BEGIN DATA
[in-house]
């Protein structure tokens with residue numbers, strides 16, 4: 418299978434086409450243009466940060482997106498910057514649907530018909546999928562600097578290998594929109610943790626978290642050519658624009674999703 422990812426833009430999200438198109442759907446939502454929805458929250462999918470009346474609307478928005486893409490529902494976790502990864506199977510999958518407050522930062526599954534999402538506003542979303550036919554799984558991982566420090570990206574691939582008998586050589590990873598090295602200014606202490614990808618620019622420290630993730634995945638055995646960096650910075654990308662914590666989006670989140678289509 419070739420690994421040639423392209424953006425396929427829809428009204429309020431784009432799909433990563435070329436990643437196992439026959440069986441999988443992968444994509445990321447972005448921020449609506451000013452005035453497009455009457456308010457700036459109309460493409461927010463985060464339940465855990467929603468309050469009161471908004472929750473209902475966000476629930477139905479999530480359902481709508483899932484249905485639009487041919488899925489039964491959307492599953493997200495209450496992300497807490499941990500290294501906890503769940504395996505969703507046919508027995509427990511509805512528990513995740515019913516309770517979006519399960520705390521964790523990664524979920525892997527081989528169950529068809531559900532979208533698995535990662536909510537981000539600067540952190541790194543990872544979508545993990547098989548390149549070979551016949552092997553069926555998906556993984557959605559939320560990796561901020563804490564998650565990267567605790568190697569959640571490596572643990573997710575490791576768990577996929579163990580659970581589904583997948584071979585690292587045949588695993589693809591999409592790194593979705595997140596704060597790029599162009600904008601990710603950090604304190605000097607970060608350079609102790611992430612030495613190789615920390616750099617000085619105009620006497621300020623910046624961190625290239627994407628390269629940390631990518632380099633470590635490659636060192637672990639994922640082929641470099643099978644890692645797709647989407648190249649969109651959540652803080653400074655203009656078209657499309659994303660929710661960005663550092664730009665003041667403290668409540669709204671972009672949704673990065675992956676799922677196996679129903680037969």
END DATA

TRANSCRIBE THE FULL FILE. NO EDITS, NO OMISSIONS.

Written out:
[in-house]
């Protein structure tokens with residue numbers, strides 16, 4: 418299978434086409450243009466940060482997106498910057514649907530018909546999928562600097578290998594929109610943790626978290642050519658624009674999703 422990812426833009430999200438198109442759907446939502454929805458929250462999918470009346474609307478928005486893409490529902494976790502990864506199977510999958518407050522930062526599954534999402538506003542979303550036919554799984558991982566420090570990206574691939582008998586050589590990873598090295602200014606202490614990808618620019622420290630993730634995945638055995646960096650910075654990308662914590666989006670989140678289509 419070739420690994421040639423392209424953006425396929427829809428009204429309020431784009432799909433990563435070329436990643437196992439026959440069986441999988443992968444994509445990321447972005448921020449609506451000013452005035453497009455009457456308010457700036459109309460493409461927010463985060464339940465855990467929603468309050469009161471908004472929750473209902475966000476629930477139905479999530480359902481709508483899932484249905485639009487041919488899925489039964491959307492599953493997200495209450496992300497807490499941990500290294501906890503769940504395996505969703507046919508027995509427990511509805512528990513995740515019913516309770517979006519399960520705390521964790523990664524979920525892997527081989528169950529068809531559900532979208533698995535990662536909510537981000539600067540952190541790194543990872544979508545993990547098989548390149549070979551016949552092997553069926555998906556993984557959605559939320560990796561901020563804490564998650565990267567605790568190697569959640571490596572643990573997710575490791576768990577996929579163990580659970581589904583997948584071979585690292587045949588695993589693809591999409592790194593979705595997140596704060597790029599162009600904008601990710603950090604304190605000097607970060608350079609102790611992430612030495613190789615920390616750099617000085619105009620006497621300020623910046624961190625290239627994407628390269629940390631990518632380099633470590635490659636060192637672990639994922640082929641470099643099978644890692645797709647989407648190249649969109651959540652803080653400074655203009656078209657499309659994303660929710661960005663550092664730009665003041667403290668409540669709204671972009672949704673990065675992956676799922677196996679129903680037969």